• There are close to 8000 Hospitals in India with a total of 6,00,000 beds, which translates to only 7 beds for every 10,000 population.
  • India spends around 10% of its GDP (amount) towards HealthCare.

PHC’s in India

26 08 2007

Statistics of PHC’s (Primary Health Center) in India:

There is 1 PHC for every 25,000 population
PHC for – Promotive, Preventive, Curative and Rehabilitative Care
This implies offering a wide range of services such as health education, promotion of nutrition, basic sanitation, the provision of mother and child family welfare services, immunization, disease control and appropriate treatment for illness and injury.

Each PHC is a hub for 5-6 Sub-Centers.
Each PHC is covers 3-4 Villages.
Each PHC is coordinated by a ANM (Auxiliary Mid Wife)

PHC’s will be referral centers for Community Health Centers (CHC), which is a minimum 30 bedded-hospital or higher at the Taluk or District Levels.

WHO Report
According to WHO, PHC’s in India specifically attribute to deterioration of quality services due to parameters like – lack of political commitment, inadequate allocation of financial resources to PHC’s and stagnation of inter-sectoral strategies and community participation. Also in the list of reasons are bureaucratic approach to HealthCare implementation, lack of accountability and responsiveness from general public.

Key Points to observe:
1. PHC’s through out the country have the same number of ANM’s even though the fertility rate varies in different parts of the country.
2. Political interference in creating PHC’s.
3. Government departments are more involved in ensuring government norms are implemented, salaries are paid and minimum facilities are available rather than concentrating on measuring Health System Performance.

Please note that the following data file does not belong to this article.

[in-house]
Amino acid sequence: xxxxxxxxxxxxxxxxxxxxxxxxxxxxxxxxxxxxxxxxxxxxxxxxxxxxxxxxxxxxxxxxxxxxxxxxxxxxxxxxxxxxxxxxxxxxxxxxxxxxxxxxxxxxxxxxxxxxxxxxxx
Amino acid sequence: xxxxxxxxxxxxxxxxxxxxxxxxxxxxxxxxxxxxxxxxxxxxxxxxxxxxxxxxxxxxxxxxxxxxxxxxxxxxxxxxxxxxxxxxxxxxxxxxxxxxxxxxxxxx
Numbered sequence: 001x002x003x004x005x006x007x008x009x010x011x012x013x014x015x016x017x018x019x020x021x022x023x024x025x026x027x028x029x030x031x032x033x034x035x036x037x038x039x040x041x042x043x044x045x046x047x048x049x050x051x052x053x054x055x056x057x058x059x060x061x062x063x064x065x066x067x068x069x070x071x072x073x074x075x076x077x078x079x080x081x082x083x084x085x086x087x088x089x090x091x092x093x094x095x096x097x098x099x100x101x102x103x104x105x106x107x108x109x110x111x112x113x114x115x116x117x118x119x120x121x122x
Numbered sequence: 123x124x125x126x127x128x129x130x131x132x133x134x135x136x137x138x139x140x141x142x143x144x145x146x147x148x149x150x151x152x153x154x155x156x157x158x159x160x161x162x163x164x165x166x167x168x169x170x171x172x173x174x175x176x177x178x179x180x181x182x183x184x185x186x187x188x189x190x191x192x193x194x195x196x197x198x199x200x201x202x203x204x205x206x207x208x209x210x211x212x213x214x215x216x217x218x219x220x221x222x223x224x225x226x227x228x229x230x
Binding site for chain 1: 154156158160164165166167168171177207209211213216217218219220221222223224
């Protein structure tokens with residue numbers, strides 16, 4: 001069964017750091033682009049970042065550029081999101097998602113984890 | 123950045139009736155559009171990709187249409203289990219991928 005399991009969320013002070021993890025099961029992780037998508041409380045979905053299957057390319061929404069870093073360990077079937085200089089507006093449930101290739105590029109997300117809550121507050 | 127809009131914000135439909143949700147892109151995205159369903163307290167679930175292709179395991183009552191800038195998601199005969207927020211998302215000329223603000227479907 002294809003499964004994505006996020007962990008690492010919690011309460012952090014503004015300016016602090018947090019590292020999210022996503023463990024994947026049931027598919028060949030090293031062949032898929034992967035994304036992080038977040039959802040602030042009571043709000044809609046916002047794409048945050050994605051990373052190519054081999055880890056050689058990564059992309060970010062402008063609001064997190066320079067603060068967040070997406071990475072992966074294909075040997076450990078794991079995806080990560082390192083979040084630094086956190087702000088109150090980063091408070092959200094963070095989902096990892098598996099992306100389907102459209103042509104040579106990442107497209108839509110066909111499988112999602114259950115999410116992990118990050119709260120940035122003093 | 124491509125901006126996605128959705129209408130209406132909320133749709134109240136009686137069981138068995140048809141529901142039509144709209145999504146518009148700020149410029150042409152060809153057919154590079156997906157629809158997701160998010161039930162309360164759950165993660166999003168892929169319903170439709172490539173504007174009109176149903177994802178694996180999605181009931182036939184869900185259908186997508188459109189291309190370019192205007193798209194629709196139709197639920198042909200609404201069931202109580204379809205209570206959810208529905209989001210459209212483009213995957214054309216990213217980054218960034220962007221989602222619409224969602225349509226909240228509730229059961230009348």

4. The DHO (District Health Officer), responsible for implementation of Public Health Systems are not adequately trained.

Strengthening the capacity for Public Health Management at the District and Taluk level is crucial to improving public sector performance.

Why the system is not working as required?
1. Lack of accountability in the system.
2. No formal feedback mechanism to ensure proper implementation of the system.
3. No incentives for Doctors to work in the Rural areas.
4. Irresponsible mind-set of ANM’s (this happens as there is no feedback mechanism)
5. Lack of resources (staff).
6. Current budget allocation of Rs. 75,000 / PHC / Annum is very less when considering the population each PHC has to cater to (5000 people).

What do we do?
1. Periodic HealthCare Education in Schools, Panchayat/Taluk Offices – NGO, Private Institutions and Social Entrepreneurs.
2. Community involvement – Government / Private Partnership
3. Public Health Training programs for DMO’s and other staff – Government / Private Partnership.
4. Appropriate and functioning feedback mechanism to ensure people understand that they are cared for and their feedback is valued for betterment of the system – Government

I will revisit this topic of what we can do better in my forthcoming writings.

Due credits to Neesha Patel, author of Evaluating the role of Primary Health Centers in India.

India HealthCare Project

26 08 2007

India HealthCare Project, is an initiative of CMC which designs and develops PDA (Personal Data Assistant) systems to ANM (Auxiliary Nurse Midwife) who works at the grass-root level of delivering HealthCare. This project has been piloted and implemented in the Nalgonda District of Andhra Pradesh.

Read more on this project at